It is important to acknowledge these beliefs and theoretical frames upfront because they influence and shape my classroom practice. Accepting the idea that, as human beings, we co-construct the realities we then live means that when my students and I talk about culture or politics or art through a rhetorical lens, we tend to talk about the processes by which language, metaphor, and frames shape our values, attitudes, and beliefs. Words, like images, are never innocent; they carry immense power and nonhuman agency. All of my courses have as their base these fundamental beliefs about rhetoric, language, power, and belief.
We all belong to multiple discourse communities. Part of my responsibility as a teacher is to help students identify the discourse communities to which they belong and then offer them tools they can use to participate in those communities or to critically assess the influence of rhetoric at work on them or in such communities. To explore visual and verbal discourse is to look behind the construction of labels (criminal, professor, queer) and to see these labels—wife, politician, revolutionary—for what they are: performances. This kind of active, critical rhetorical work requires a certain level of playfulness, curiosity, even bravery, which is sometimes difficult to find or encourage in students who are there only because the course is required. To overcome this natural resistance, I try to sample references, stories, and exemplars from popular culture and to design assignments that ask for both creativity and criticality, and to use technology or software applications in novel ways. I believe brain games, movement, humor, multi-media, experiential learning opportunities, and a generous definition of what counts as a “text” are all effective tools with which to teach writing and rhetoric. I use these tools like tokens that buy me access to and the ethos needed to ask students to honestly participate in the critical rhetorical work I want us to do together throughout a course.
I like technology and so I feel comfortable integrating it into the classroom, but technology is always only a means, and I attempt to use that means in service of more effective teaching, learning, and retention. I subscribe to a connectivist model (Seimens 2004) of learning and teaching. In the digital age, an age of chaos, this approach is supported by the fact that virtually everything is connected to everything else. Connectivism can be thought of as the integration of principles explored by chaos, networks, complexity and self-organization theories. Learning is a process that occurs within nebulous environments of shifting core elements, not entirely under any one individual’s control.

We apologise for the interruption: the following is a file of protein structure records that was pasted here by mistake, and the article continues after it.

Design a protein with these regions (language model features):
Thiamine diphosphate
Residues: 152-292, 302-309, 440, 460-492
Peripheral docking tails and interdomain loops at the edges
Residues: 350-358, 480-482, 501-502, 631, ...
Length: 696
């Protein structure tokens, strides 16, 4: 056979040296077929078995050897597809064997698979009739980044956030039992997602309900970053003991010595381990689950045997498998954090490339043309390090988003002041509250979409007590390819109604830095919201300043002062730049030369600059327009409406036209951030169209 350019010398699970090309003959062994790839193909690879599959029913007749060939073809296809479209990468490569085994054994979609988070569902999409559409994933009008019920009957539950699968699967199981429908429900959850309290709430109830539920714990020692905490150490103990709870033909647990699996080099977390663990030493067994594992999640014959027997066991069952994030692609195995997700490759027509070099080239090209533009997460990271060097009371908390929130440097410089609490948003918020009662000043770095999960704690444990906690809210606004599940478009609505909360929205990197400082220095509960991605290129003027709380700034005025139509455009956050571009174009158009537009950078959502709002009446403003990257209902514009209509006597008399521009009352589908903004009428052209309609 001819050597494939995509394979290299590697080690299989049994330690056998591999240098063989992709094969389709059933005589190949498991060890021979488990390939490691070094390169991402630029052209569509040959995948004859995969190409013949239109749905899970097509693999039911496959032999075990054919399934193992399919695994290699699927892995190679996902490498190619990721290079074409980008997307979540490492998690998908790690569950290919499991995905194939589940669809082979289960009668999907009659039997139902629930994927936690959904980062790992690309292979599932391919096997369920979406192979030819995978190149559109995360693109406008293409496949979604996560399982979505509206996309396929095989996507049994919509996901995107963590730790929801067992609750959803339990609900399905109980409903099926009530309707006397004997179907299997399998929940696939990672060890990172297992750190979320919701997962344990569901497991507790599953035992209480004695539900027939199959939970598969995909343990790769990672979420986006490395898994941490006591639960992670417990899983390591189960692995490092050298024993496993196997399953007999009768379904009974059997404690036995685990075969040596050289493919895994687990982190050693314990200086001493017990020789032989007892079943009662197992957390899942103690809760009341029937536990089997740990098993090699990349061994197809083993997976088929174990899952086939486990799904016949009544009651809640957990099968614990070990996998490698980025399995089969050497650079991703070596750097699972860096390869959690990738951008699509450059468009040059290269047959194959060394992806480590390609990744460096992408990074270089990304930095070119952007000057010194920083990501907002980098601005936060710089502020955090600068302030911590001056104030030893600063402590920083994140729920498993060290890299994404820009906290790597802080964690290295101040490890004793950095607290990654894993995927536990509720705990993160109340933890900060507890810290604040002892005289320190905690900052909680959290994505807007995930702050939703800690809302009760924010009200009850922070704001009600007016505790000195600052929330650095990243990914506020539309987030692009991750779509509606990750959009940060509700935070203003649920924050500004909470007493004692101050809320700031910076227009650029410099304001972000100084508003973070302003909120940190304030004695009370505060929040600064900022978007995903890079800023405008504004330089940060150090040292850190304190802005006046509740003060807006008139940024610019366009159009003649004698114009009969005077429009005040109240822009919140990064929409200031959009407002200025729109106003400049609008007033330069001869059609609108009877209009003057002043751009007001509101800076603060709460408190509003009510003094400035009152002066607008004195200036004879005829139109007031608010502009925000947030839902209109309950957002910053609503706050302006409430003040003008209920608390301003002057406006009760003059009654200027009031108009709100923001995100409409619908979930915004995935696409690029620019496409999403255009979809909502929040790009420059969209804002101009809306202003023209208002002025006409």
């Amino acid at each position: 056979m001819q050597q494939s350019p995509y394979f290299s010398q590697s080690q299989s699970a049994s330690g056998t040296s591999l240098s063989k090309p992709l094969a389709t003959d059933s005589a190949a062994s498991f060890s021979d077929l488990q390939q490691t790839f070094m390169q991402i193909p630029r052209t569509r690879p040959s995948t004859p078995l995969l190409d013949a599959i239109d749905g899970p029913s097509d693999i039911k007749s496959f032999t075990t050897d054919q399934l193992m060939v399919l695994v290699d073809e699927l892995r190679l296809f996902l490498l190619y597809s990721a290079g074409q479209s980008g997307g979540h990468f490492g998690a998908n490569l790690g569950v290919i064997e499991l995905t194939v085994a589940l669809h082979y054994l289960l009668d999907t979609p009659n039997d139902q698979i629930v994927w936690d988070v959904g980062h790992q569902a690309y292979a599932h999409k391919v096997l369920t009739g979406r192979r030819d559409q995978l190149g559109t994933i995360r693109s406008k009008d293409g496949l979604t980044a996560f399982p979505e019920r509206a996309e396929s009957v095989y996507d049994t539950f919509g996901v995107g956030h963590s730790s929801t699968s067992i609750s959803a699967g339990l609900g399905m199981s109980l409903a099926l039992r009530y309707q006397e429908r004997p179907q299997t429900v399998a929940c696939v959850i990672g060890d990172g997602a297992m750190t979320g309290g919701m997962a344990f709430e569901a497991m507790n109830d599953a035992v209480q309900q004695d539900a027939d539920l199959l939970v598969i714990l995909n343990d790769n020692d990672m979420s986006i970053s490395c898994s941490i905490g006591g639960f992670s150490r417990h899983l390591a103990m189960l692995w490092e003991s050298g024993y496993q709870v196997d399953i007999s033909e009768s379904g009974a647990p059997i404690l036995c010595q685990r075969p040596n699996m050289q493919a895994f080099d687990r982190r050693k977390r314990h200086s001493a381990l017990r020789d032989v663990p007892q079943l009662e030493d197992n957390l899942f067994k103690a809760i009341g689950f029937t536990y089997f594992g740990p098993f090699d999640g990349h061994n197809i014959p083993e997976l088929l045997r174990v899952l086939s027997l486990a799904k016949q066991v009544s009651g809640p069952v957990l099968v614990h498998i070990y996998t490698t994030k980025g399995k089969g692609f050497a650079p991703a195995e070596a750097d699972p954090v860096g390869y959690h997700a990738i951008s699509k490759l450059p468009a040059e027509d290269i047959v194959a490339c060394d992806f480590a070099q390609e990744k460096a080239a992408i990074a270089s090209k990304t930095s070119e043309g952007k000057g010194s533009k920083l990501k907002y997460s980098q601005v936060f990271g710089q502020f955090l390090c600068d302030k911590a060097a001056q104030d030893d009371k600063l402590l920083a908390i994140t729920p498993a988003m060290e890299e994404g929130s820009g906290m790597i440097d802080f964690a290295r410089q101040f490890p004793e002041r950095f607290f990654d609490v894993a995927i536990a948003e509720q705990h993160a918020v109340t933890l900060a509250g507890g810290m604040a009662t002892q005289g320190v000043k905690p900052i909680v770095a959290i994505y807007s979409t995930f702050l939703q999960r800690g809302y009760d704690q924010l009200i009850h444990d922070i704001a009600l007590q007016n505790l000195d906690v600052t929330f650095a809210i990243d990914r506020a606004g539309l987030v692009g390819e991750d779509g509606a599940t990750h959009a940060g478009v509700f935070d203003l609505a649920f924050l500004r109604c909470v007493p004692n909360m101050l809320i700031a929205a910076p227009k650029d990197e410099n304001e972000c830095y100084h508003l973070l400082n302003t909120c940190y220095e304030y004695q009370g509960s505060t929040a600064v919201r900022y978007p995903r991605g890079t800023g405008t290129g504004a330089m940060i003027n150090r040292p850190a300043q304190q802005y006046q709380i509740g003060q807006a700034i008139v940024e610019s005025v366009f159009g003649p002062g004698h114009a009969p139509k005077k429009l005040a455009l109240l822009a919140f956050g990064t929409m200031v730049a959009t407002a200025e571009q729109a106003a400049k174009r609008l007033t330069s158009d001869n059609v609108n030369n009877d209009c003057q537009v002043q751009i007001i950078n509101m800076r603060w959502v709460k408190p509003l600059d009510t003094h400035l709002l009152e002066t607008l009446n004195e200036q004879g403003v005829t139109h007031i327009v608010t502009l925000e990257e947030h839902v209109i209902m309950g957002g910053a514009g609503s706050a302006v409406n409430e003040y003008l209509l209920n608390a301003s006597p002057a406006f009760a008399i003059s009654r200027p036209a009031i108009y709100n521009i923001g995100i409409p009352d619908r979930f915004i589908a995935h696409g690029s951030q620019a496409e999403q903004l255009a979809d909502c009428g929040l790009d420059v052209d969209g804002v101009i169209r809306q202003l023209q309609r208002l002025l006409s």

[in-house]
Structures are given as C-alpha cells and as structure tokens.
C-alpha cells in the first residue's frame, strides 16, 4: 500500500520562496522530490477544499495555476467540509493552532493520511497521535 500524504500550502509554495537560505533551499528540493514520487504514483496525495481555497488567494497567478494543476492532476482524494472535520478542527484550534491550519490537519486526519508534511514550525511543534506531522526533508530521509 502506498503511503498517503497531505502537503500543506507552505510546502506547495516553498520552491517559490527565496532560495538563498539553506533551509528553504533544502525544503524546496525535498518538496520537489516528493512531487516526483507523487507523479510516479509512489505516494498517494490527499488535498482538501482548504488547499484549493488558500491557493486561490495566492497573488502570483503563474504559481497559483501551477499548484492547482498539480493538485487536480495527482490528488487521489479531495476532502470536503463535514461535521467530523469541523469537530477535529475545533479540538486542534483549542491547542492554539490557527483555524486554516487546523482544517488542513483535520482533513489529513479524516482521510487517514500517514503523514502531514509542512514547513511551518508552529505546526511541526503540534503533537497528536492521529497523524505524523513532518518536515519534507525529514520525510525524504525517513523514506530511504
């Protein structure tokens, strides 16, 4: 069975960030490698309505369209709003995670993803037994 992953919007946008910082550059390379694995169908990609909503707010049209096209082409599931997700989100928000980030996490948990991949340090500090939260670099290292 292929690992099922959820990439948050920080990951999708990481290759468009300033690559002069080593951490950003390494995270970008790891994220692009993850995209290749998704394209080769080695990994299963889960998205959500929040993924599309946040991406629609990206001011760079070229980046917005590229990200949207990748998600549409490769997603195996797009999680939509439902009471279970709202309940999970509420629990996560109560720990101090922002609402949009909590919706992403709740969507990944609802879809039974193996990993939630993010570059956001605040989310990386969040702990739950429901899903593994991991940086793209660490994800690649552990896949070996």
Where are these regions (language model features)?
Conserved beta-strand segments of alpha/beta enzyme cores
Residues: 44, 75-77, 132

What I call learning or, actionable knowledge, can reside in or outside the self, our institutions, or a database, but its focus is connecting specialized information sets that enable us to learn even more about an issue or idea. My curriculum is designed to help students understand that they are responsible for acquiring new information from multiple channels and that the best skill I can help them develop is not the use of a particular software program, which will likely be outdated by the time they graduate, but the ability to discern between important and unimportant information—the ability to recognize when new information has altered the landscape of the decision they made yesterday. This means they have to develop a penchant for tinkering. Technical and rhetorical competence, I believe, is formed through the connections we make between things: teachers and students, students and students, students and technologies, technologies and other technologies, and so on. Students have to have opportunities to tinker and try out these connections to see how they make new connections. Developing these connections and tinkering is part of producing written and visual texts that are rhetorically appropriate and useful. Some may rightly question how this is “writing,” but I take a wide view of texts and include in my definition digital space, written texts, body art, and even certain environmental designs. Where there is intent to persuade, an audience, and a communication act there is a text. Where or how these are inscribed is not as relevant as the processes that go into their inscriptions.